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Chuck Schumer Is Allergic to Politics

Trump’s signing of stimulus checks may be tacky, but outlawing it isn’t oversight—it’s absurd.

Saul Loeb/AFP/Getty

In what Politico describes as part of a “broader Democratic effort to conduct oversight over the Trump administration amid the pandemic,” Senate Minority Leader Chuck Schumer announced this week that he wanted to make it illegal for the president to be any better at politics than the Democrats are.

In a Sunday statement, Schumer introduced the “No PR Act,” which (per Politico) “would prohibit the use of federal dollars toward any material that promotes the names or signatures of Trump or Vice President Mike Pence.”

The measure is an attempt to prevent President Trump from doing things like ordering the Treasury Department to put his name on each check mailed to Americans as part of last month’s economic aid package. (The president had wanted to sign the checks himself, but current law made that impossible, and he settled for attaching his signature to letters mailed to people informing them that their aid money had been direct deposited.)

Various Democrats and their allies in the press found this shocking, bordering on scandalous. As Schumer’s statement puts it: “The No PR Act puts an end to the president’s exploitation of taxpayer money for promotional material that only benefits his re-election campaign.”

The law would, in effect, force the president to operate under the same constraints that Democrats impose on themselves. As last year came to an end, I recalled the story of Barack Obama’s invisible tax cut. Early in his first term, Democrats passed one of the broadest tax cuts in years, cutting payroll taxes for the overwhelming majority of working Americans. They also intentionally kept this a secret, because the administration’s economists told them that would be better—savvier—than simply cutting everyone a check, as George W. Bush had already done a few years earlier.

The end result was that most people who received a tax cut didn’t know they had received one and didn’t credit Barack Obama and the Democratic Party for giving it to them. In October 2010, The New York Times reported that “fewer than one in 10 respondents knew that the Obama administration had lowered taxes for most Americans.” This was, strictly from an economic policy perspective, an overwhelming success. And we all remember how much that success was rewarded the following month, when the Democrats were handed a crushing defeat in the 2010 midterms.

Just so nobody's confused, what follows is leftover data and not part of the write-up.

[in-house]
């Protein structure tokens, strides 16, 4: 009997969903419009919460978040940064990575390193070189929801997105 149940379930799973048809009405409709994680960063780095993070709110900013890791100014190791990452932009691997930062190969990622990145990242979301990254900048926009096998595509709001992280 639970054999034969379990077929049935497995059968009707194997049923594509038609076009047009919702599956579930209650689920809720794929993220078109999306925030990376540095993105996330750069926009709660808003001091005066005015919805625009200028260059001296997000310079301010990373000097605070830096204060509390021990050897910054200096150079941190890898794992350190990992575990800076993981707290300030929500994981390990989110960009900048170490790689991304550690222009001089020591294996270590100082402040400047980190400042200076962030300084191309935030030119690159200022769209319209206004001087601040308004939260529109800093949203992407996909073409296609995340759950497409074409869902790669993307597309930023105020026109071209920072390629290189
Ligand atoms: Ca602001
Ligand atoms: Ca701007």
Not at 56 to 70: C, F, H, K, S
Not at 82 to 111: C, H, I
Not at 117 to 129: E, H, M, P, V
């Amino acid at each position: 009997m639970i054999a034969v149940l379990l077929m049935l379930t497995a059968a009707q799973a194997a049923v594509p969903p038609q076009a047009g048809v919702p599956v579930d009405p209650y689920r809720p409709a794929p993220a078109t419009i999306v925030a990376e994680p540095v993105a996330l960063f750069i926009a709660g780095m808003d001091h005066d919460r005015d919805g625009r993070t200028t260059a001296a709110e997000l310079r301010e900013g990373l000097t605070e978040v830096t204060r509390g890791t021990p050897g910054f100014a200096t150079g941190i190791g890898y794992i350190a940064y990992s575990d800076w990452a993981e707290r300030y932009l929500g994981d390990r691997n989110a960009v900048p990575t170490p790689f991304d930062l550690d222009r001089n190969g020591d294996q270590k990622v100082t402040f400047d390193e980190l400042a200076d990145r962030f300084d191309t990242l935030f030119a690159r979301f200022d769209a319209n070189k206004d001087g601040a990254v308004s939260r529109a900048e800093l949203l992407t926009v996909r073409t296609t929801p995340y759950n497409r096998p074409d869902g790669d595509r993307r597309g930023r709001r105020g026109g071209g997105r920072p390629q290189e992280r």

That brings us to Senator Schumer’s proposal. Its underlying logic seems to be that since it’s not fair that Republicans get to ignore the terrible advice of behavioral economists, the very act of taking credit for good things should be outlawed.

Democrats like Schumer believe that attempting to make political hay out of doing something that benefits a lot of people is a form of cheating. It’s a violation of the unwritten rules of the game to do beneficial and popular things and then attach your name to those things. But politicians only come to see this as “playing dirty” if they spend a lot of time explaining why they can’t do things their base actually wants.

When politicians pass bills that build bridges, they make sure their names are on those bridges. (It’s unclear whether Schumer’s bill would ban this practice—if it would, he’ll find himself yet again at odds with New York Governor Andrew Cuomo.) It only makes sense to penalize this behavior if you are fundamentally uncomfortable with trying to win elections by giving tangible things to your constituents. Doing things people like and taking credit for it isn’t a cheat code; it used to be called politics.

Donald Trump signed the stimulus bill. His administration mailed the checks. He has every right to attach his name to them. If Democrats object, they can either follow the Republican playbook of sabotaging attempts at economic aid because it would be politically expedient, or they can try to make the case that they’d give the people even more.